Miriam Makeba, the South African singer who became a world symbol of the anti-apartheid struggle, died Nov. 10 after performing at an anti-Mafia concert in southern Italy. The 76-year-old singer died after being brought to the hospital at Castelvolturno at the end of a concert in support of Roberto Saviano, an Italian journalist threatened with death by the Naples crime machine following of his exposure of the mob in his bestselling book.
Born in Johannesburg in 1932 to a Xhosa father and Swazi mother, Makeba—called “Mama Afrika” and the “Empress of African Song”—first came to international prominence when she starred in the anti-apartheid documentary Come Back, Africa in 1959. When she tried to return to South Africa for the funeral of her mother the following year, her passport was confiscated and she was banned from the country. In 1963, she appeared before the UN Special Committee on Apartheid to call for an international boycott of South Africa—after which her songs were banned in her homeland.
The singer lived in exile for over thirty years in the US, France, West Africa and Belgium. After her 1968 engagement to American black militant Stokely Carmichael in 1968, US record labels dropped her and her performance bookings were cancelled. She returned to South Africa in 1990, when the process of dismantling apartheid began. “I just told the world the truth, and if the truth then becomes political, I can’t do anything about that,” she said in 2000.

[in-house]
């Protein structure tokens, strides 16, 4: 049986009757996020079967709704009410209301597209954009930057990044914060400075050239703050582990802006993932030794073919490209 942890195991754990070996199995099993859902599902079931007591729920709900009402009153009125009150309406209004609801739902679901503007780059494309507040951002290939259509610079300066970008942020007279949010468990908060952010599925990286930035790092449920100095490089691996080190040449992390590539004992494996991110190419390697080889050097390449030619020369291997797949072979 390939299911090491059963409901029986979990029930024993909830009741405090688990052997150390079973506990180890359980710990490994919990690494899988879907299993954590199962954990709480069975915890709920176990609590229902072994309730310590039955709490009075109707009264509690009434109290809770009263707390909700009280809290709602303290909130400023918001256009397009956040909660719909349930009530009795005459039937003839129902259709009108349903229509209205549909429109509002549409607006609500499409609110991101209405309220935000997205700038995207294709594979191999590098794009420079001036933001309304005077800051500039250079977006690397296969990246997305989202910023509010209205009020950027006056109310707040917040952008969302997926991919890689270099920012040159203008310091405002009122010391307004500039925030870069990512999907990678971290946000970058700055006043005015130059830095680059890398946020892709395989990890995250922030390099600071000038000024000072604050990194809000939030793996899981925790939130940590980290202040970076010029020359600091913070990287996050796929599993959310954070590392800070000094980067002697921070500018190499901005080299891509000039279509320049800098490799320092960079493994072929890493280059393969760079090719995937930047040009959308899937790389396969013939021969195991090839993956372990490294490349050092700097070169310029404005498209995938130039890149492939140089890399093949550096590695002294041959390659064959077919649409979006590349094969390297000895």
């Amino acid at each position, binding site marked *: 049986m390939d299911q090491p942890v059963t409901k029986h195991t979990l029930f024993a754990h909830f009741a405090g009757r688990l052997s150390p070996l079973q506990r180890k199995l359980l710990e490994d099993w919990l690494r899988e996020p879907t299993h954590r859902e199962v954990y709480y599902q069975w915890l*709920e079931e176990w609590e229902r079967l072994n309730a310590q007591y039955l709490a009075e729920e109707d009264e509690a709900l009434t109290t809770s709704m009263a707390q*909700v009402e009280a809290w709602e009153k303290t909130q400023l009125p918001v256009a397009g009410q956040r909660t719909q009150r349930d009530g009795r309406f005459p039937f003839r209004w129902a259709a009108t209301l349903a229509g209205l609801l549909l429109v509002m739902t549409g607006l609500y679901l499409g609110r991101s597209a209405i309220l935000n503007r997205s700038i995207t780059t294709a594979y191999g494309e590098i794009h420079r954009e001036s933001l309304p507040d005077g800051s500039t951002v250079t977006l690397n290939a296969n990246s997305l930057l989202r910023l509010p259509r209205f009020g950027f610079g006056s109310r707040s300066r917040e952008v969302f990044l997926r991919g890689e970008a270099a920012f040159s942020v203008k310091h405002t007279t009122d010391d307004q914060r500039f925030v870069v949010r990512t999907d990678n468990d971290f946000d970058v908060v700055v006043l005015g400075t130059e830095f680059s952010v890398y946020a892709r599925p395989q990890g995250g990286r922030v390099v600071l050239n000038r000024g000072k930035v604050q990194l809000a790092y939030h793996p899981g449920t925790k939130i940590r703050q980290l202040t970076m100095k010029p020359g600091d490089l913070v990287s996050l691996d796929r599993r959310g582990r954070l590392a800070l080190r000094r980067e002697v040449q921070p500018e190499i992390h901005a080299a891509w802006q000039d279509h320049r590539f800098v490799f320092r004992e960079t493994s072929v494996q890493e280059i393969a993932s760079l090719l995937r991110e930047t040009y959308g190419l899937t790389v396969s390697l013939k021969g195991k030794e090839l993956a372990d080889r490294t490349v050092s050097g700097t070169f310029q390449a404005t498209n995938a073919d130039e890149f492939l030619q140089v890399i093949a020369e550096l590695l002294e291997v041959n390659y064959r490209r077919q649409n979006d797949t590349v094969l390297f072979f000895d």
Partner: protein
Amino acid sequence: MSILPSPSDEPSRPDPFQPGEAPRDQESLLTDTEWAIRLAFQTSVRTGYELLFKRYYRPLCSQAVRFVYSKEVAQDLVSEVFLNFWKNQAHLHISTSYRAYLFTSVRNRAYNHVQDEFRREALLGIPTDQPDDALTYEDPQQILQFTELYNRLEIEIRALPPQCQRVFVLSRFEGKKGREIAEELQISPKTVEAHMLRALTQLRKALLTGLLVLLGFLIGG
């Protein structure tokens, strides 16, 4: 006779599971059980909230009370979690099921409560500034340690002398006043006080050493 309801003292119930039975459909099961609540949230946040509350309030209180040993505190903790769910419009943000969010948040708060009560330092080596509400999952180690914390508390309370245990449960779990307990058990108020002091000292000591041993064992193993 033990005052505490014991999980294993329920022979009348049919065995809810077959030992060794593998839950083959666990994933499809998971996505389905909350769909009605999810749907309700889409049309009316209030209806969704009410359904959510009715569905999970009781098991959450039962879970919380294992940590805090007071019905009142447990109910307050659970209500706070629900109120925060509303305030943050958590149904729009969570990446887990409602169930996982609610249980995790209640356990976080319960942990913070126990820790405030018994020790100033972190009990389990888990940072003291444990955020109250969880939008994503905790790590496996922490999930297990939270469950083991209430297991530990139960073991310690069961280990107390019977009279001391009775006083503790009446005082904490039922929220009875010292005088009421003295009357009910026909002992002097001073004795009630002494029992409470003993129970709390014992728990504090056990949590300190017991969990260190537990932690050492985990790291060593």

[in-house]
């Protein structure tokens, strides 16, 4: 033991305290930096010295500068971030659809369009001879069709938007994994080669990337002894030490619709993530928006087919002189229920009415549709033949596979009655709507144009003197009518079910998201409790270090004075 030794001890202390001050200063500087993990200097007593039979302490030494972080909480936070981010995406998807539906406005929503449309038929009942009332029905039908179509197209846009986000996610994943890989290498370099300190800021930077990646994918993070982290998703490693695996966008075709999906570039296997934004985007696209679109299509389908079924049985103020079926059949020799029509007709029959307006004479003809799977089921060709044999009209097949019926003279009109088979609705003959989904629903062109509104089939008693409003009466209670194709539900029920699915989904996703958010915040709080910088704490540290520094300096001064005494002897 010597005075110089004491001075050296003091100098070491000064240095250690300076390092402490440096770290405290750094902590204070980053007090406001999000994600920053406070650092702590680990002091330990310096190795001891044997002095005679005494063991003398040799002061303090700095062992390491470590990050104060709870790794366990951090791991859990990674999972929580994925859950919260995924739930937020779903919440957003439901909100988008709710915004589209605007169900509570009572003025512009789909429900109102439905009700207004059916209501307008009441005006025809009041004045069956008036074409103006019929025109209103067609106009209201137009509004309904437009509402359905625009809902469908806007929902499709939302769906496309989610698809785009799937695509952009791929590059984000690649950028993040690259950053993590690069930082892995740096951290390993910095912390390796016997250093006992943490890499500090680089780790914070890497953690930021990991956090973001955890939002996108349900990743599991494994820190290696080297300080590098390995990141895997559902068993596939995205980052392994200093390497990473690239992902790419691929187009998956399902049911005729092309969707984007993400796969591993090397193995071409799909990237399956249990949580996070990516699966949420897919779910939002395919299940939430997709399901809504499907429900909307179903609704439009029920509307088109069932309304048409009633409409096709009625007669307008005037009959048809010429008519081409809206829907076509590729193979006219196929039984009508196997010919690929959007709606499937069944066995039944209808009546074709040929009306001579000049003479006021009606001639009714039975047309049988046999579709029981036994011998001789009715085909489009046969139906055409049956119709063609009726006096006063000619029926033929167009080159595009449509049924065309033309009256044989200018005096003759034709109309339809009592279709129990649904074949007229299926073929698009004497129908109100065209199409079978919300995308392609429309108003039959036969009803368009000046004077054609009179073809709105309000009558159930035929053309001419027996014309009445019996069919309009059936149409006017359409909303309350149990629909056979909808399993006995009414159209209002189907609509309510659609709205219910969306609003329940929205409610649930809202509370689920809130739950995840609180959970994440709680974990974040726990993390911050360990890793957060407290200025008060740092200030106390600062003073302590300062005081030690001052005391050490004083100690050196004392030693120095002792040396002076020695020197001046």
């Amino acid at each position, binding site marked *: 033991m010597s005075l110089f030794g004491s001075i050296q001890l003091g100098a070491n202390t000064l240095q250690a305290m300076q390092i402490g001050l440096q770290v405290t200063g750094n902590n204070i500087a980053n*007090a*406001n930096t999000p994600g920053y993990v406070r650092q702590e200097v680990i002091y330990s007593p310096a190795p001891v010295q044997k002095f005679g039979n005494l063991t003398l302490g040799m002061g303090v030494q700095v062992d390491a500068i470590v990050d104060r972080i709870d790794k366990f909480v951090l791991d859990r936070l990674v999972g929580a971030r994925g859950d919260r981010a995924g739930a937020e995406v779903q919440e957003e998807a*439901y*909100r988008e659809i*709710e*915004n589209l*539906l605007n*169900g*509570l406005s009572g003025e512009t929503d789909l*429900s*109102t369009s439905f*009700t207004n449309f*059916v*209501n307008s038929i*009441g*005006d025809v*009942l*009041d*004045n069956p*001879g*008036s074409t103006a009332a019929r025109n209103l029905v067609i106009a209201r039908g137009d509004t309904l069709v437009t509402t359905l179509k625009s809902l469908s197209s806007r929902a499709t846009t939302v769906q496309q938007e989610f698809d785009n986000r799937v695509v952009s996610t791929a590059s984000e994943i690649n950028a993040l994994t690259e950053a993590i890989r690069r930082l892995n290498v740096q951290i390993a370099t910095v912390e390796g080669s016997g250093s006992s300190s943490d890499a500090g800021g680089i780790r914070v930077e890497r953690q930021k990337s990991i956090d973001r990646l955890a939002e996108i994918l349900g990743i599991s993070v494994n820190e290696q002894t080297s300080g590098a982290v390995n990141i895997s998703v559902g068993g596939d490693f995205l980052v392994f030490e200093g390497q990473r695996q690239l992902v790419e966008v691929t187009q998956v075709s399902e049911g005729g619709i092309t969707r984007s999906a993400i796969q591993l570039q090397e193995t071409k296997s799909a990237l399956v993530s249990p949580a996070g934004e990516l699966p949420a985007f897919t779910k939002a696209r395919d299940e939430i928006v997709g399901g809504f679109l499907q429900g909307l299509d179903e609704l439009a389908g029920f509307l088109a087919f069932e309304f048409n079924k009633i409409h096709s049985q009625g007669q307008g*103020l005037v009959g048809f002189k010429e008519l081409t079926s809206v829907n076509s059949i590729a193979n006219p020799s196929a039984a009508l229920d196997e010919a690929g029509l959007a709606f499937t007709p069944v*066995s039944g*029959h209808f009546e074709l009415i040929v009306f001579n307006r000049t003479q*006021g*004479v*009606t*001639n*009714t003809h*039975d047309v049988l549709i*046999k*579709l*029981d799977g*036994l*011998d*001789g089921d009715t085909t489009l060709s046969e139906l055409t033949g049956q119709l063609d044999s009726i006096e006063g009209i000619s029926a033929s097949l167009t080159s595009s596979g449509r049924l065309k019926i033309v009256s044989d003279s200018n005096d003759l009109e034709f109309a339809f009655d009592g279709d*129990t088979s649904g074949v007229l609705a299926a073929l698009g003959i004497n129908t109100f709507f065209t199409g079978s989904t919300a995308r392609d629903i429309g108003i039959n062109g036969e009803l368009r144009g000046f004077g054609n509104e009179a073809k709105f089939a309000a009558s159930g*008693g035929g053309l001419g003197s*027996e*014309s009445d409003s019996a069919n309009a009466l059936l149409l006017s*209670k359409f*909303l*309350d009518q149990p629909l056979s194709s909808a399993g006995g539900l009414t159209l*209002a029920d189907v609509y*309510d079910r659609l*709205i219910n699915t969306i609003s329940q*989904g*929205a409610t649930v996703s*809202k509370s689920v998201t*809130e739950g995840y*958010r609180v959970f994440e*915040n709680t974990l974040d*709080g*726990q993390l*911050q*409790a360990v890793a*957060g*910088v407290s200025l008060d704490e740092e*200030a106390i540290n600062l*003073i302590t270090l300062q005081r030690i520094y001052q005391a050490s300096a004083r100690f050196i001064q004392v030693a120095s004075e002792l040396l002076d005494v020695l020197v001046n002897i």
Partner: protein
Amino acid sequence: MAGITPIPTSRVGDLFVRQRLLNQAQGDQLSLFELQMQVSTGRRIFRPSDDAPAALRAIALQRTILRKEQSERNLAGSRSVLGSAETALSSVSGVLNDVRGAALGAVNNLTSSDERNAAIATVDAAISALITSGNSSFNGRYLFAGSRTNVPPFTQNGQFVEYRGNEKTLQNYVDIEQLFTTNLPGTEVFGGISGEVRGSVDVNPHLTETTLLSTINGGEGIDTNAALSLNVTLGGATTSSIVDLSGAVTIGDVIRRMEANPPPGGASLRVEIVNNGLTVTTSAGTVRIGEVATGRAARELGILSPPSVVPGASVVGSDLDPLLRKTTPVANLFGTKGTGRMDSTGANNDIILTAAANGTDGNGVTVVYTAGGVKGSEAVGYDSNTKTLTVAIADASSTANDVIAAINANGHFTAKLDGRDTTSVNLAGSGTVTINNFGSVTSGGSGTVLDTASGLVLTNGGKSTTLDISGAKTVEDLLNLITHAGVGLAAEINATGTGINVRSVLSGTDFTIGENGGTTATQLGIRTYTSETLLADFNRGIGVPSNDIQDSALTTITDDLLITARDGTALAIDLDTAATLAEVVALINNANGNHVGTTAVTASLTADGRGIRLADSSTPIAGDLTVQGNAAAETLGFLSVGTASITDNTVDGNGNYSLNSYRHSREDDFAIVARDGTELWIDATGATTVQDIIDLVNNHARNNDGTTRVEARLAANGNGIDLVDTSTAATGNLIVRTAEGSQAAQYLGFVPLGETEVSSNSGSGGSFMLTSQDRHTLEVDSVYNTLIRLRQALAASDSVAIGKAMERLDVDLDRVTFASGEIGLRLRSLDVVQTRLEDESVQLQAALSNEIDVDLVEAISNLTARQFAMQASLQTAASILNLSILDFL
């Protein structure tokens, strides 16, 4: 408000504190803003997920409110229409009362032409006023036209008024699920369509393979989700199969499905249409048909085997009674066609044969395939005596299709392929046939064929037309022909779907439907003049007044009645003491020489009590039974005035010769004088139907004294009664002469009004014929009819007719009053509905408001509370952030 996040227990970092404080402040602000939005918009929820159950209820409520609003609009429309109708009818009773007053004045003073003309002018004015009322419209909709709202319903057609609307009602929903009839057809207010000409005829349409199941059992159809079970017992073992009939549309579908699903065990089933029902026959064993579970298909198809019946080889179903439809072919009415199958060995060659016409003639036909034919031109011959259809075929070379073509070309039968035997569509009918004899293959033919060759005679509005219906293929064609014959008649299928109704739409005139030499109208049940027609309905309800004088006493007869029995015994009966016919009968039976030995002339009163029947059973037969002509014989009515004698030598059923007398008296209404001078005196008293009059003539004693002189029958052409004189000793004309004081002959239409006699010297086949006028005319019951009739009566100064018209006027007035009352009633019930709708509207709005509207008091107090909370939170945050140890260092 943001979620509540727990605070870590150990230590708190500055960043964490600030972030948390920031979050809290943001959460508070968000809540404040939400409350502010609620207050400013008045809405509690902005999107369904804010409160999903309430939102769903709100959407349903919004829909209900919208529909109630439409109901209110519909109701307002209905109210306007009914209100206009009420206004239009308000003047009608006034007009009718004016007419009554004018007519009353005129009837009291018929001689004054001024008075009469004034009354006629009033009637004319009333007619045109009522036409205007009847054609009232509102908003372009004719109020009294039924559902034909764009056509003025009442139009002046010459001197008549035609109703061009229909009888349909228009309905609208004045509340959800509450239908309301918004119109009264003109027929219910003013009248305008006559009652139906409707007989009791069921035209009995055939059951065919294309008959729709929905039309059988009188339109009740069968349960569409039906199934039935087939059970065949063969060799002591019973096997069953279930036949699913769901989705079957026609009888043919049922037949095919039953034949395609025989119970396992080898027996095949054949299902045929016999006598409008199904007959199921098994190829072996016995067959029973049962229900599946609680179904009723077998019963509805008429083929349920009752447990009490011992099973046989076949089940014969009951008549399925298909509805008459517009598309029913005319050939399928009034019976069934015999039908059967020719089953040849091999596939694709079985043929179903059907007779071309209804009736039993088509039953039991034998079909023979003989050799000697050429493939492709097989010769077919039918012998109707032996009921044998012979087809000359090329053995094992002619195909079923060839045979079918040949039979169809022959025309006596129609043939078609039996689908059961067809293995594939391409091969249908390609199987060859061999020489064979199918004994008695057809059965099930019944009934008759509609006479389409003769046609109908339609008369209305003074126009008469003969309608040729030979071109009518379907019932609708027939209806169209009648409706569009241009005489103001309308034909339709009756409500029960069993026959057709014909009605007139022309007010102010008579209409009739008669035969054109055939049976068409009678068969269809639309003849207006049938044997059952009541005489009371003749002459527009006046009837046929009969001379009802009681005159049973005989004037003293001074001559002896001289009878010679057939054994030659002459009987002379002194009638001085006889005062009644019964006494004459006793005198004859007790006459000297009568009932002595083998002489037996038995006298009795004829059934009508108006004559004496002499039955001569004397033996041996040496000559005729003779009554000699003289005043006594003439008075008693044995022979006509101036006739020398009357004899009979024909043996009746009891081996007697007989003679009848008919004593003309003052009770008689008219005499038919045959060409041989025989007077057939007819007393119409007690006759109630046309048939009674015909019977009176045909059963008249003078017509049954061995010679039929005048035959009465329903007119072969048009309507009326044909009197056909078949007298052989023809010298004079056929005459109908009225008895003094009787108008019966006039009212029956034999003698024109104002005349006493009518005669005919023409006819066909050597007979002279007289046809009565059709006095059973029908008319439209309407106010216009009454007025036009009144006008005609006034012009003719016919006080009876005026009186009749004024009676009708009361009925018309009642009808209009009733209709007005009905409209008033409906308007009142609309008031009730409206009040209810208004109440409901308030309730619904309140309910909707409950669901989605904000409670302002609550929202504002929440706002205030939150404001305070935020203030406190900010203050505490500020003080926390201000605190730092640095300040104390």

Makeba, who sang with Harry Belafonte in the 1960s and with Paul Simon in the 1980s, became the first Black African woman to receive a Grammy, sharing it with Belafonte. Her hit songs included “Pata Pata” (Xhosa for “touch, touch”), “The Click Song” (“Qongqothwane” in Xhosa), and “Malaika.”
Makeba’s final concert went forward despite reports of a threat from the Naples mob to the security of those performing and attending. La Repubblica said that “not even the arrogance of the Camorra” had stopped the event. The concert was staged on a square where Domenico Noviello, a local anti-Mafia businessman, was gunned down last May. Castelvolturno was also the scene of a Camorra massacre in September, when six immigrants of African origin were shot dead.
South Africa’s Culture Ministry issued a statement hailing Makeba as an international icon. “It’s a monumental loss not only to South African society in general but for humanity,” the statement said. (BBC News, Nov. 11; The Guardian, AP, Nov. 10)